Photo: President Donald Trump answers questions about his response to the violence, injuries and deaths at the "Unite the Right" rally in Charlottesville as he talks to the media in the lobby of Trump Tower in Manhattan, New York, August 15, 2017. (Kevin Lamarque/Reuters)
FROM THIS EPISODE
Alongside a chorus of "no cops, no KKK, no fascist USA," protesters toppled a statue honoring pro-slavery secessionists Monday evening in Durham, North Carolina. Protesters were responding to what happened over the weekend in Virginia. Sheriff's deputies have filed felony charges and they're looking for others. Freelance reporter Jonathan Katz is covering the story for the New York Times.
After condemning Nazis and the Ku Klux Klan on Monday, President Trump spoke again yesterday of this weekend’s violence at the University of Virginia. The White House scheduled a press conference to change the subject from Saturday’s violence at the University of Virginia to infrastructure repair, but President Trump turned it into another defense of armed white racists and the demonstration they called Unite-the-Right. He seemed to find moral equivalence between armed white racists supporting a Confederate symbol and those who protested.
David Duke and other white nationalists say they’re grateful for those words; Republicans are almost unanimous in their outrage. What are the consequences when a President provokes ideas and emotions that go back to the Civil War?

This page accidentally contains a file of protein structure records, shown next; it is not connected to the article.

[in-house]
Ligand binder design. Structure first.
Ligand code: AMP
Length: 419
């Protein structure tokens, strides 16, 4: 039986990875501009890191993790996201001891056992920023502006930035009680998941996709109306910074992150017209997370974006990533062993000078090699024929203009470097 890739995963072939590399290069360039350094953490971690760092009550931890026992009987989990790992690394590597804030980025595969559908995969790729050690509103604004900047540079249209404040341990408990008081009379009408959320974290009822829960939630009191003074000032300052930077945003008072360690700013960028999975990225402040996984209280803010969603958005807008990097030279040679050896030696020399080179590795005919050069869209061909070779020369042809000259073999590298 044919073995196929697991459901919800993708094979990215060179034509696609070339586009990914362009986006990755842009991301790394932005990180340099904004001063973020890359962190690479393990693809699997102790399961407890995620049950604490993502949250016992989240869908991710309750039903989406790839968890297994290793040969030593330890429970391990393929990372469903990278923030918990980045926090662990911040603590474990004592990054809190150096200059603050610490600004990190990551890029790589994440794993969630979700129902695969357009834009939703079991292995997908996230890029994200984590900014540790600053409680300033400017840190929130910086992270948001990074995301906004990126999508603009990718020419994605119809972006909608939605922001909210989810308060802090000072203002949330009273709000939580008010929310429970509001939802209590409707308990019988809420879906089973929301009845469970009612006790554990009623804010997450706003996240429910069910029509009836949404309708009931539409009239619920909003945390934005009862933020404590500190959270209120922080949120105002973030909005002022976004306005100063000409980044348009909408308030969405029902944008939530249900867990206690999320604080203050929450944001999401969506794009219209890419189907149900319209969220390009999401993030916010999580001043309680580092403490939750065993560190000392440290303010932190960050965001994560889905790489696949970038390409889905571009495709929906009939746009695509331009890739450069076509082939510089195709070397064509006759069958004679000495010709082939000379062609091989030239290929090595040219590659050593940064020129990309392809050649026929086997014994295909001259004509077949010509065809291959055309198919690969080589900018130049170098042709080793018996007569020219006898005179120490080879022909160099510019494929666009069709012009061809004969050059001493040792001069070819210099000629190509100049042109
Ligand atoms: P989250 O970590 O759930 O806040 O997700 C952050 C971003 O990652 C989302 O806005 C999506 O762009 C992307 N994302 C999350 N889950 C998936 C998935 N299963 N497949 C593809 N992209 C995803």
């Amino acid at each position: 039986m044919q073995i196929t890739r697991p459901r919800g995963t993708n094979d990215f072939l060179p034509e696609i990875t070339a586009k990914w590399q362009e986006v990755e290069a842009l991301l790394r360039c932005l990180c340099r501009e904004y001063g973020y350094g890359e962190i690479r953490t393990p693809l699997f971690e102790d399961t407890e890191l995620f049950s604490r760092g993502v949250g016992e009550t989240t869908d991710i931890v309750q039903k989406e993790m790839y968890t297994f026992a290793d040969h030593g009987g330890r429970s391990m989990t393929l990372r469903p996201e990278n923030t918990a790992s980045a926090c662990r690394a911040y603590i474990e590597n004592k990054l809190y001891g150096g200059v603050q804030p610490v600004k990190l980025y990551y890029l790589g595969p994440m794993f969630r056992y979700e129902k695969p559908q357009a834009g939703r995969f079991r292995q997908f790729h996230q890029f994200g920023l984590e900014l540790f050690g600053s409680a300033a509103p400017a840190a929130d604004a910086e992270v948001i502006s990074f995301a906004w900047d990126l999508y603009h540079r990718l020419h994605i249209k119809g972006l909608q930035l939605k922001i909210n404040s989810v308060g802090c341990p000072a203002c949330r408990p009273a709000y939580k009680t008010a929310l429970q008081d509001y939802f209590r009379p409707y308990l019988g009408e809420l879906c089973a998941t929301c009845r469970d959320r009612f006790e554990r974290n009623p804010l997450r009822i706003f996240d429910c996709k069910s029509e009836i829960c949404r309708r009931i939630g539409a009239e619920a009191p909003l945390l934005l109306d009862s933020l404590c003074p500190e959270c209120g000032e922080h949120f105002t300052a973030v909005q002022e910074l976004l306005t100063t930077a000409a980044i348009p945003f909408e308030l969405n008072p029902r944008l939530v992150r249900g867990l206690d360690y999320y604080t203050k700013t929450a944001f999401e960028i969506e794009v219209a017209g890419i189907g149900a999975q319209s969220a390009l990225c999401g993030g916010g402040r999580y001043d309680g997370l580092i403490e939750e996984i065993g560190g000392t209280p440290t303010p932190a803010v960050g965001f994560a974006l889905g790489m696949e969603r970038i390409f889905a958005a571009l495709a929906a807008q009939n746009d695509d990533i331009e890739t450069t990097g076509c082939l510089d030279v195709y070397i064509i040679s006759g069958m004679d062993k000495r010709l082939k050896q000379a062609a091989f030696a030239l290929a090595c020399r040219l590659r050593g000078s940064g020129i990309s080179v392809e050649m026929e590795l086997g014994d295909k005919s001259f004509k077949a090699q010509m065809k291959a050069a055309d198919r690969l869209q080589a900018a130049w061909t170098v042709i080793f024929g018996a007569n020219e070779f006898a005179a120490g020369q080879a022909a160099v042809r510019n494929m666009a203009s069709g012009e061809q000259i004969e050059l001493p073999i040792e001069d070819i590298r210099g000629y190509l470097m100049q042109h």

Alyssa Rosenberg, Washington Post (@AlyssaRosenberg)
James Braxton Peterson, Lehigh University (@drjamespeterson)
Mary Kate Cary, University of Virginia / US News and World Report (@mkcary)
Charlie Sykes, RightWisconsin.com (@SykesCharlie)
Charles J. Sykes
To keep campaign promises to industry leaders, President Trump has formed deregulation teams, but many are working in secret. The New York Times and ProPublica have tracked some of them down and identified patterns in several agencies. Robert Faturechi, who reports for ProPublica, says the investigation into the teams has uncovered several possible conflict of interests.
More From To the Point
Author Masha Gessen on the appeal of Putin and Trump Masha Gessen was born in Russia but emigrated with her parents to the United States. She returned in the early 1990s when political change was afoot. And since then, she’s become a leading observer - and critic - of Russian president Vladamir Putin. She fled Russia again in 2013. In this special podcast, Warren Olney talks with Gessen about her new book, The Future Is History: How Totalitarianism Reclaimed Russia .
A month later, Puerto Ricans still stranded by Hurricane Maria Most people in Puerto Rico are still without electricity, and some are drinking from a well contaminated by a superfund site. President Trump's accused of a "shocking lack of compassion" compared to speedy assistance after hurricanes hit Texas and Florida.
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